WATCH: Swiatek and Jabeur faced off for a rematch of their Internazionali BNL d'Italia final on Saturday in Flushing Meadows.

NEW YORK—Iga, more like "1GA" Swiatek, a champion for all surfaces, romped to her third major title and first on hard courts Saturday afternoon, defeating No. 5 seed Ons Jabeur, 6-2, 7-6 (5) in the US Open final.

The world No. 1 became the first Polish player to win in Flushing Meadows, improved to 10-1 in finals—winning all 10 in a row, and all 10 in straight sets—and won a tour-leading 57th match of a scintillating season after one hour and 50 minutes on Arthur Ashe Stadium.

"I'm just super proud of myself because it wasn't easy match," she said after the match, "even though at the beginning I was dominating, I knew it's going to be tight and I knew that Ons is going to use any mistake that I'm going to make. I didn't want to back out.

"In second set it got really physical action and I'm happy that I got my level of energy up little bit more so I could finish and be really precise in those moments where I needed that. Yeah, we played on a really good level today."

Swiatek arrived in Flushing Meadows wary of her chances to win her first hard-court major, having struggled to string matches together in the aftermath of her 37-match winning streak. She was also highly critical of the balls used in the women’s event, deeming them too light to be conducive to her highly precise style of play.

She had her struggled through her first six matches, most notably when she trailed Jule Niemeier by a set and a break in the fourth round, and again in the semifinals when Aryna Sabalenka led the top seed 4-2 in the deciding set. Both times, Swiatek embraced the so-called “ugly win” and found her way into her third Grand Slam final.

Up against Jabeur in a rematch of their Internazionali BNL d’Italia final from earlier this season, it appeared the 28-year-old would have a certain edge given her superior play throughout the tournament, during which she put down a decisive comeback against Shelby Rogers, flipped an 0-3 head-to-head against Veronika Kudermetova, and dismantled streaking Caroline Garcia in the semifinals. She also boasted a 2-2 head-to-head against the two-time Roland Garros champion, having beaten her both at Slams and on hard courts.

All those preconceived notions went out the window during Saturday’s final: the 21-year-old Swiatek landed an astounding 90% of her first serves in the opening set and began the match winning 12 of the first 14 points.


Swiatek enjoyed a fast start before treating the Arthur Ashe Stadium crowd to a tense ending, winning the last three points of the second-set tiebreaker.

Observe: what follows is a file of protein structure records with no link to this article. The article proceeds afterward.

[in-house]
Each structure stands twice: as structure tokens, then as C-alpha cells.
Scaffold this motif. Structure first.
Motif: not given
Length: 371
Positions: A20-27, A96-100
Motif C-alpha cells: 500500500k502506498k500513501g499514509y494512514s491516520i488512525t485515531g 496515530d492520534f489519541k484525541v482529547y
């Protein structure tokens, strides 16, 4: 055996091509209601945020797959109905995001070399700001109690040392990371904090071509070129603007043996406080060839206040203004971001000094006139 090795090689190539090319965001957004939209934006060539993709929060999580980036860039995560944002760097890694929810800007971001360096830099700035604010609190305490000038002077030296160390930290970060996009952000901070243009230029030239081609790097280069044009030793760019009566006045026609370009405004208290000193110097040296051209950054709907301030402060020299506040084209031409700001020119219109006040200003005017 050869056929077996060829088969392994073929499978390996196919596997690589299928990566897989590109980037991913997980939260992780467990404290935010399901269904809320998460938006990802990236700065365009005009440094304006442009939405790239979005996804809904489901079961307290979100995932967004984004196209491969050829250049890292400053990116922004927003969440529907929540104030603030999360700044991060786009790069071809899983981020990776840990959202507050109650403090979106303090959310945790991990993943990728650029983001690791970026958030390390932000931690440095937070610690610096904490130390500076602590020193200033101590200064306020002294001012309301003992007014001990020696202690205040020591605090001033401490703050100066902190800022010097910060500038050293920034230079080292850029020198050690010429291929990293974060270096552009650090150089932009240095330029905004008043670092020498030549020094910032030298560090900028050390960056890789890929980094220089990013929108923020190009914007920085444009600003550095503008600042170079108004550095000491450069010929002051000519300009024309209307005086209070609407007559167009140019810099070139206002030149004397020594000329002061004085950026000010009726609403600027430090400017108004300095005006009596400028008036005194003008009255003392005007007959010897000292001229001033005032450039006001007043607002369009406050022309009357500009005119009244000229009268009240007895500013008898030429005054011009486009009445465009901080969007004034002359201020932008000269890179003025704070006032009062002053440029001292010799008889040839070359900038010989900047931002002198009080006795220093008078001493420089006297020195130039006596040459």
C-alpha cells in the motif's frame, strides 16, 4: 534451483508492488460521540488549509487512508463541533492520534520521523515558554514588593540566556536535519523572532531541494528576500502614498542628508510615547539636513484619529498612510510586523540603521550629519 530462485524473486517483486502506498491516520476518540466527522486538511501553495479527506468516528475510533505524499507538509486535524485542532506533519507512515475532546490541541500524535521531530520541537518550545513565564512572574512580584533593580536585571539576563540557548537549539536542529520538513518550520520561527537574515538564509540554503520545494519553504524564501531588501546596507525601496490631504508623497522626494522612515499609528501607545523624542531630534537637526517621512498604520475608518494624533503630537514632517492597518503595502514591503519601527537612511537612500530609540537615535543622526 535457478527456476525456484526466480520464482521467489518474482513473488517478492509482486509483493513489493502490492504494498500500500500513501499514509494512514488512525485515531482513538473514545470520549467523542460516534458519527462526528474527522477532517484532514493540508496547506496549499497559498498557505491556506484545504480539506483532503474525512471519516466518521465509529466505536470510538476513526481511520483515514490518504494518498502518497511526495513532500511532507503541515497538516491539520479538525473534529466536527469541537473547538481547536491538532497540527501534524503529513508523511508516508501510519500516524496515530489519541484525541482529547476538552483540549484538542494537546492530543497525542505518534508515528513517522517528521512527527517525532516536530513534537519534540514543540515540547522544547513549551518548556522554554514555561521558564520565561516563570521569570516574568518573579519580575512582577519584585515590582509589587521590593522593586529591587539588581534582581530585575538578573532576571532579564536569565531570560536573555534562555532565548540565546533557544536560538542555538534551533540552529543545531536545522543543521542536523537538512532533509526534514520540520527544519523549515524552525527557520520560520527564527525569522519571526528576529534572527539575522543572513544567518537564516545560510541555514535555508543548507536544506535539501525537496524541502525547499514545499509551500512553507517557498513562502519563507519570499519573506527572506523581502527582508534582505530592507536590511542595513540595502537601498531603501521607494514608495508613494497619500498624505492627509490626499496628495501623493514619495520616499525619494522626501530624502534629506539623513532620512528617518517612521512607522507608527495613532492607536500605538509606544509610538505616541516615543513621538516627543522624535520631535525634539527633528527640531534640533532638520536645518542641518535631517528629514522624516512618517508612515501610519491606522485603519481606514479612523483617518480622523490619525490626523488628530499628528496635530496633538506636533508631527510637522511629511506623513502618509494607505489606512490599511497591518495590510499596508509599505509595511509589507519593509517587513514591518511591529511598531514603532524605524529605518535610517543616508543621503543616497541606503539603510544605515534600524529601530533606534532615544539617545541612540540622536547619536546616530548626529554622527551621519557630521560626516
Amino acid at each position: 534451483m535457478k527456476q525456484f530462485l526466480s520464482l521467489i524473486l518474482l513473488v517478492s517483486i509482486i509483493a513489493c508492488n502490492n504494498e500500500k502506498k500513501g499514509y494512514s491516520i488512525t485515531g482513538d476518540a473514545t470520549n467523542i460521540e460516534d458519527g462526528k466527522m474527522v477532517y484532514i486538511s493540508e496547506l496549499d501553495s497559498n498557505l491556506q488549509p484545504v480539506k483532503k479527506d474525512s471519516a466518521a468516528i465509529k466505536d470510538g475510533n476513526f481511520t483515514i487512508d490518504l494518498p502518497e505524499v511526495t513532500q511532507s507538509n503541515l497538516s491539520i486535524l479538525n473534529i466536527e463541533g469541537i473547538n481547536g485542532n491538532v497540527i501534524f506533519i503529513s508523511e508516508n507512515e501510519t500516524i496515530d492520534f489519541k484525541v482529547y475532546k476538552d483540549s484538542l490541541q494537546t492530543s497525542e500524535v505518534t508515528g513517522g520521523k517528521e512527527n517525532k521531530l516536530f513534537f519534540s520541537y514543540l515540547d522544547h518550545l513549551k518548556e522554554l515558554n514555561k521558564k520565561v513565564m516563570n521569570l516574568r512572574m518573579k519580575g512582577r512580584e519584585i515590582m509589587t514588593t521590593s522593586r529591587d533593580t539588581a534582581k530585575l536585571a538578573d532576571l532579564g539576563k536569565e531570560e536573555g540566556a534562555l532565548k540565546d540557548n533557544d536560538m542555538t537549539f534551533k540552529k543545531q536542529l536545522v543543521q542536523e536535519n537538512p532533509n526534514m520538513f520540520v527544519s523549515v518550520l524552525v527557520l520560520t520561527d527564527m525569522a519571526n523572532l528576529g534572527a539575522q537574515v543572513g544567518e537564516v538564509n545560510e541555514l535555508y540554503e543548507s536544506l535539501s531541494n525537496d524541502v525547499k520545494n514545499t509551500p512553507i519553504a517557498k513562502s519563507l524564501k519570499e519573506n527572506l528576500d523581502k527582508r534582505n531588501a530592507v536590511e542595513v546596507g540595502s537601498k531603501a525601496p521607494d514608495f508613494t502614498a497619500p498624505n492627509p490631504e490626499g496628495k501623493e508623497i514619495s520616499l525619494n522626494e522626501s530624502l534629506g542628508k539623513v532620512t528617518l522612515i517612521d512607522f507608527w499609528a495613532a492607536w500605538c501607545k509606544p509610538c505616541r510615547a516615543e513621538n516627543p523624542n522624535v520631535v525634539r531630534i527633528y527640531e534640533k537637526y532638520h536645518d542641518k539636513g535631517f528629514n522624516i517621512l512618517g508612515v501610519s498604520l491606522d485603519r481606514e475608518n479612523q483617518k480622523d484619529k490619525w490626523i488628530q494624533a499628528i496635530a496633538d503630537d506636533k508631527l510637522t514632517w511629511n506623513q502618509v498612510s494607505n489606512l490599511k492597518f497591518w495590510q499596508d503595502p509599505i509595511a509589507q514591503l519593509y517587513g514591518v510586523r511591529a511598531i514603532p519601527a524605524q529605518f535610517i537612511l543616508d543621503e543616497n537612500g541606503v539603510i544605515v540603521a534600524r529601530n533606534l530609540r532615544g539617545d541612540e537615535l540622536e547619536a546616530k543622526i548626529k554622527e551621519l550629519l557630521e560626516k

Swiatek enjoyed a fast start before treating the Arthur Ashe Stadium crowd to a tense ending, winning the last three points of the second-set tiebreaker.

Though Jabeur, who was playing her second straight Grand Slam final after finishing runner-up at Wimbledon, seemed to settle long enough to get the first break back, it was only an interlude for Swiatek’s first-set domination—ending it in barely half an hour.

Cheered on by 1994 champion Arantxa Sanchez-Vicario, the talented Tunisian attempted to make in-roads early in the second set but found the first close games of the match going to Swiatek in emphatic fashion: a pair of backhand winners helping the Pole hold and break.

As the match began slipping away from Jabeur, the soon-to-be world No. 2 appeared increasingly overawed by the occasion, going for an ill-advised jump drop shot and drilling a backhand into the net to hand Swiatek a 3-0 lead.

But just like the first set, Jabeur got a sudden second wind when Swiatek failed to convert opportunities for a double break. This time, she looked ready to make a match of it, pushing her rival to the brink of a deciding set in a marathon ninth game.

Saving three break points on her own serve, Swiatek earned her first championship point two games later when Jabeur erred wide off the forehand side, but an equally errant backhand set the set into its inevitable tiebreaker.

One last Jabeur surge saw her win three straight points and have the Sudden Death on her racquet, but Swiatek regained momentum with a powerful forehand and soon had a second championship point. One last forehand error from Jabeur clinched the contest and Swiatek raced towards the stands to celebrate with her team.

Swiatek becomes the first woman to win seven titles in a single season and the first to win 10 straight titles, both since Serena Williams in 2014 and 2015, respectively.